The Atlantic meridional overturning circulation (AMOC), a system of ocean currents that carry warm water from the tropics into the North Atlantic and transport cold water from the northern to the southern hemisphere, is a fundamental mechanism for the regulation of Earth’s climate. The conveyor belt has collapsed in the past owing to natural factors. The most recent collapse played a key role in the last deglaciation. AMOC is now threatened by global warming, scientists have shown, and a new study has discovered the sequence of past breakdown events.
The study was conducted by German researchers and Brazilian paleoclimatologist Cristiano Mazur Chiessi, a professor at the University of São Paulo’s School of Arts, Sciences and Humanities (EACH-USP) in Brazil. An article reporting their findings is published in Nature Communications.
“An investigation of marine sediments collected between Canada and Greenland led to the discovery that, in the past, glaciers covering the territories that now correspond to Canada and the northern United States released colossal numbers of icebergs into the Atlantic owing to ocean surface warming in the region,” Chiessi told Agência FAPESP.
The icebergs melted in the ocean and deposited continental sediments on the seabed. “Identification of these sediments and reconstitution of the subsurface temperature in the region enabled scientists to establish for the first time that subsurface warming preceded the mass iceberg release,” he said.
The enormous volume of fresh water added by the melting of the icebergs modified the composition of the ocean at high latitudes of the northern hemisphere. This had a tremendous impact on the global climate because the region between Canada and Greenland is a particularly sensitive part of AMOC.
“This gigantic conveyor belt carries lighter, warmer surface water from the South Atlantic to the North Atlantic. At high latitudes of the North Atlantic, this surface water releases heat into the cold atmosphere, becoming heavier and sinking down the water column. The deeper, colder and denser water then flows southward again until it reaches the vicinity of Antarctica, where it returns to the surface, forced by an intense upwelling. On the surface, it warms up, loses density and completes the circulation,” Chiessi said.
AMOC does not only transport a huge volume of water, amounting to some 18 million cubic meters per second. It also conveys a massive amount of energy, equivalent to about 100,000 times the power generated by Itaipu, the world’s second-largest hydroelectric plant, on the Brazil-Paraguay border. The spatial distribution of this energy influences the climate in several parts of the planet, including Brazil. Vigorous circulation maintains the climate as we know it, while its collapse causes a pronounced redistribution of energy, altering the climate.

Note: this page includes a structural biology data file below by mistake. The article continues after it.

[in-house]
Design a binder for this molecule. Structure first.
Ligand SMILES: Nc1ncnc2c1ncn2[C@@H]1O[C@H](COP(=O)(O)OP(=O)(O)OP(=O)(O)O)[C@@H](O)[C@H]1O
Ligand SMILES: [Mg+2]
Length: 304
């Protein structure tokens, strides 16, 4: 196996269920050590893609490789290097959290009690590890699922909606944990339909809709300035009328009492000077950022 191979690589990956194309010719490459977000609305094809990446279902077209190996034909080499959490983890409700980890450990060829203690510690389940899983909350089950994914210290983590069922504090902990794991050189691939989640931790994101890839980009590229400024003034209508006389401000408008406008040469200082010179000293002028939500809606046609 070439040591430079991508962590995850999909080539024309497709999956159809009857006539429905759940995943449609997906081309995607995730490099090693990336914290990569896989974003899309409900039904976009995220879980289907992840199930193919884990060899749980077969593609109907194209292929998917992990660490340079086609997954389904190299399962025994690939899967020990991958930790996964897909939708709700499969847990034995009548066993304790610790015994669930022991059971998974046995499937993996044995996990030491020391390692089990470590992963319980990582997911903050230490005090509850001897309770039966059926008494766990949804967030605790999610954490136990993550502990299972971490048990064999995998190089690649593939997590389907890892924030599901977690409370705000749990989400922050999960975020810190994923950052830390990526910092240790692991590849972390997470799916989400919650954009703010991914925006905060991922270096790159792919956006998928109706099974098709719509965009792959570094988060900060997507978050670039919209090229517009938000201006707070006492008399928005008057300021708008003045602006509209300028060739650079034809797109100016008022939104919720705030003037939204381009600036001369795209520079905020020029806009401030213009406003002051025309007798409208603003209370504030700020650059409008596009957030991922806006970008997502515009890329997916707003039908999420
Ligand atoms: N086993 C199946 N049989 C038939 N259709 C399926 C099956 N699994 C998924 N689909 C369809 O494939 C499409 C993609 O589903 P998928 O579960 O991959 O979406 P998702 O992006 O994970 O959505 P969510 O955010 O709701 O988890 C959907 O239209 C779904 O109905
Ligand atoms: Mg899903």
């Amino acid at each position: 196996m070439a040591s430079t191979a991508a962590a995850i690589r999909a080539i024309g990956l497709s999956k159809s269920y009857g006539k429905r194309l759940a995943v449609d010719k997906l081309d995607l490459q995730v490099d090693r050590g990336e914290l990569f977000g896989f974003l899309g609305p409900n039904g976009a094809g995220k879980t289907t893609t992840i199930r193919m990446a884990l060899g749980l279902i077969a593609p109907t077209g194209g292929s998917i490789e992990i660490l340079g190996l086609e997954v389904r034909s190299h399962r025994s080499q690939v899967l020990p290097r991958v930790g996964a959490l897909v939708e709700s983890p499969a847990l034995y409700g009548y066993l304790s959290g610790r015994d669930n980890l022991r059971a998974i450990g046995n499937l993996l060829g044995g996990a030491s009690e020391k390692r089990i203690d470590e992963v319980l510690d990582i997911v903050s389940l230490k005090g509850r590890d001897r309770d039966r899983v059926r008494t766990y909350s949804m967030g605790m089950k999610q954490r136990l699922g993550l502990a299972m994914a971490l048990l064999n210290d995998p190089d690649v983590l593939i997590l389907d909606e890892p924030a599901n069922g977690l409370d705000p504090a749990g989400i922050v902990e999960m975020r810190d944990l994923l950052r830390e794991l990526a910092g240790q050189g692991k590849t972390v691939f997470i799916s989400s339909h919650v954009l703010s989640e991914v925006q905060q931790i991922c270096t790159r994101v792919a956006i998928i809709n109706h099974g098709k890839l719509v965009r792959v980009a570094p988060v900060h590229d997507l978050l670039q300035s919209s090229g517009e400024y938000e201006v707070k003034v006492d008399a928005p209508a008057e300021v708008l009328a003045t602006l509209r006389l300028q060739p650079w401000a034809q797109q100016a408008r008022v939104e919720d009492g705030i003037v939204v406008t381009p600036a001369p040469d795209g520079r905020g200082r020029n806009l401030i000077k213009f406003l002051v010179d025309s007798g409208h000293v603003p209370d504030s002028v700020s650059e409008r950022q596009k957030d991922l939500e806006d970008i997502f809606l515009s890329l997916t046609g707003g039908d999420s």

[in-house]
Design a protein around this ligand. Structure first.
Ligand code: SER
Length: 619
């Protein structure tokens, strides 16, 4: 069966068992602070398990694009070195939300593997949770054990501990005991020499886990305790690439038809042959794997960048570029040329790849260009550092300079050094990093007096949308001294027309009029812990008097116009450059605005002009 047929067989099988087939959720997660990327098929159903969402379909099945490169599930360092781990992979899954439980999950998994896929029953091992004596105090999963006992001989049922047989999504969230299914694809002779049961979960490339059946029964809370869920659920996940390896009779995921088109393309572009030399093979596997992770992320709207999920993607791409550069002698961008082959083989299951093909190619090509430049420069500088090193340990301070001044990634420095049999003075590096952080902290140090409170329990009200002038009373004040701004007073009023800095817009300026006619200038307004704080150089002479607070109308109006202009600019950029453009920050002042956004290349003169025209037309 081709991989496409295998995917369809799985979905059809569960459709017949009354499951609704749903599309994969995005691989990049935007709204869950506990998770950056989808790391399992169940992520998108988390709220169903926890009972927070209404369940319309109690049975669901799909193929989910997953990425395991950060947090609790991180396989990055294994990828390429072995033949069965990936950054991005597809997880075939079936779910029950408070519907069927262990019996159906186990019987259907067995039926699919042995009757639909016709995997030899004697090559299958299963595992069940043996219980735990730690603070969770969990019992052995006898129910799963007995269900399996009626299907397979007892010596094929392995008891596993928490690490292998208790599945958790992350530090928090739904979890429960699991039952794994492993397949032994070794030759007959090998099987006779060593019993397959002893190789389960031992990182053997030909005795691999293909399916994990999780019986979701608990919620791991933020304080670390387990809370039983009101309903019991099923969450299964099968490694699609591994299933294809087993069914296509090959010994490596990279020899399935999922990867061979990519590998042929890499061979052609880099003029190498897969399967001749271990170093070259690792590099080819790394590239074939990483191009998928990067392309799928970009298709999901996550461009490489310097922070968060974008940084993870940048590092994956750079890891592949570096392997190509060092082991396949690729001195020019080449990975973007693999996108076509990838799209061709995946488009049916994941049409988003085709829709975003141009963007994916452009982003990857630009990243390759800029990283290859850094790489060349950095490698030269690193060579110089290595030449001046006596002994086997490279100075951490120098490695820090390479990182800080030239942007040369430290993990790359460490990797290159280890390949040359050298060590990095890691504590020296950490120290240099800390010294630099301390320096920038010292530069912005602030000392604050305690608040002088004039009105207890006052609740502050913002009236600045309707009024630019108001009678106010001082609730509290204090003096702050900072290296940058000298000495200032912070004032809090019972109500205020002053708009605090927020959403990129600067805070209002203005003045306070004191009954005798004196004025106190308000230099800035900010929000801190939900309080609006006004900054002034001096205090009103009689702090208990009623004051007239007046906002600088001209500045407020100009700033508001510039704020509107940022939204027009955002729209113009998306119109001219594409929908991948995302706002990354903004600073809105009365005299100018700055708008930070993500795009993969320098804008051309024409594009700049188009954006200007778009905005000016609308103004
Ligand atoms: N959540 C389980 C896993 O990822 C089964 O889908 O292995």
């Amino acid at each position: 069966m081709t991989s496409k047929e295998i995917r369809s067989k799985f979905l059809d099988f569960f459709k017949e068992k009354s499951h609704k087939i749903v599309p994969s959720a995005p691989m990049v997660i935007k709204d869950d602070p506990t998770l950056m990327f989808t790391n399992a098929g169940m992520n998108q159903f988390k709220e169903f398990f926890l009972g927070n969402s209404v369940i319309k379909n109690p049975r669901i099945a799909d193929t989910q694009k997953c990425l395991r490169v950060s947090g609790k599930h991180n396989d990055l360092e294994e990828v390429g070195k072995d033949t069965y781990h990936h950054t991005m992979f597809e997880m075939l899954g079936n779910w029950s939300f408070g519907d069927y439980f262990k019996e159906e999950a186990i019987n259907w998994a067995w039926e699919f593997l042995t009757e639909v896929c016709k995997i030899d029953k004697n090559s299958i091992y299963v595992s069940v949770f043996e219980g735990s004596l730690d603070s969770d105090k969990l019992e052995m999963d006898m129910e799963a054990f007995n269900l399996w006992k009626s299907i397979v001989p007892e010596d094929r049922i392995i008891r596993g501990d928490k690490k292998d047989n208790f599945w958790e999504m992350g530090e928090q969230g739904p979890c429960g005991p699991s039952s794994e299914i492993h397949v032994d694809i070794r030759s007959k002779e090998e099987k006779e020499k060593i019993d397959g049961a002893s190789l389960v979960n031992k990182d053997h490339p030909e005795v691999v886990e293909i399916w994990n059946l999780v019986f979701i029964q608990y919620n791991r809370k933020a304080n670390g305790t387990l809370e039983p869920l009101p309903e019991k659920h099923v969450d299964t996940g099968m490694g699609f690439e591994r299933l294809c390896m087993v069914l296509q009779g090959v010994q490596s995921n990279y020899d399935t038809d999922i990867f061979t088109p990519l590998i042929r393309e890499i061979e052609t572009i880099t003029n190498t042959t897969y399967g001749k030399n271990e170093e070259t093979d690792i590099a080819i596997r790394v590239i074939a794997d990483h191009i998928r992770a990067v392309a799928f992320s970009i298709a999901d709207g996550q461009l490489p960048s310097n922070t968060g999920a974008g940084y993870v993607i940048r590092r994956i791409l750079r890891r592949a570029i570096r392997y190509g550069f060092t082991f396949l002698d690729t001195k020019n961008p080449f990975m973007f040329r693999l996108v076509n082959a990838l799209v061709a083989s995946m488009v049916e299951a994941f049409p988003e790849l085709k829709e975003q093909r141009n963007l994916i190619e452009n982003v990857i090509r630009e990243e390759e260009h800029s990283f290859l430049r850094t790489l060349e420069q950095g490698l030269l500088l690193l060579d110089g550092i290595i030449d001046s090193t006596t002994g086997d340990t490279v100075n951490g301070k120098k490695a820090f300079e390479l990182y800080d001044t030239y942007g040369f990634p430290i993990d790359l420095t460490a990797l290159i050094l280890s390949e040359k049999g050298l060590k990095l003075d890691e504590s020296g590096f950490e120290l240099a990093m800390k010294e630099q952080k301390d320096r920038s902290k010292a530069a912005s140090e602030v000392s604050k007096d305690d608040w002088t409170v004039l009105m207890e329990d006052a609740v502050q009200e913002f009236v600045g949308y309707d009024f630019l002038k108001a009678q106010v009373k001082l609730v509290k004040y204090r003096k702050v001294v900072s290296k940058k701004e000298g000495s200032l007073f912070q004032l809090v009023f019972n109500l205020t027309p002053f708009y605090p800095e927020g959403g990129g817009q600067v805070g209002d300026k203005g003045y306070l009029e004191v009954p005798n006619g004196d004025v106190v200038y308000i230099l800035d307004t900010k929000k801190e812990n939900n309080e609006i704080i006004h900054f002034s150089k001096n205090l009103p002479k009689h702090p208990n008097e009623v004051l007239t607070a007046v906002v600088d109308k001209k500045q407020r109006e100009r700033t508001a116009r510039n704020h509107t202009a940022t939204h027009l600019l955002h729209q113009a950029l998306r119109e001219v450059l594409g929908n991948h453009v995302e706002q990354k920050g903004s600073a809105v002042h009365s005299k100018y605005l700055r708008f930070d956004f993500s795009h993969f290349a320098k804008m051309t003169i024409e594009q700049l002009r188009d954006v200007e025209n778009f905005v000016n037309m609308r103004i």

The study was conducted as part of a project led by Chiessi and supported by FAPESP via its Research Program on Global Climate Change (RPGCC).
AMOC collapsed several times during the last glacial period, between about 71,000 and 12,000 years before the present (BP). Other studies led by Chiessi and based on an analysis of marine sediments collected between the coast of Venezuela and Northeast Brazil, showed that these collapses caused a torrential increase in rainfall in Northeast Brazil and a sharp drop in rainfall in Venezuela and the far north of Amazonia. Decreasing rainfall has also been described in tropical areas of North Africa and Asia.
By discovering that North Atlantic subsurface warming at high latitudes preceded massive release of icebergs from Canada and the US into the Atlantic, the researchers were able to establish the sequence of events responsible for the collapse of AMOC.
“The process begins with an apparently insignificant weakening of AMOC, which causes subsurface warming at high latitudes of the North Atlantic. This warming melts the glaciers’ sea snouts, moving the glaciers rapidly seaward and releasing colossal armadas of icebergs. As the icebergs melt, surface water salinity decreases in the region. The surface water isn’t dense enough to sink, and AMOC collapses,” Chiessi said.
Monitoring of AMOC in recent decades shows that it is weakening. There are three main reasons: intensification of rainfall at high latitudes of the North Atlantic; melting of the ice cap over Greenland; and warming of the planet’s surface. All three causes are associated with the rising levels of greenhouse gases in the atmosphere due to human activity.
This latest discovery suggests the weaker AMOC will cause anomalous subsurface warming at high latitudes of the North Atlantic, which will melt glacier sea snouts in Greenland. Ultimately, this could lead AMOC to collapse, exacerbating the climate crisis with major repercussions.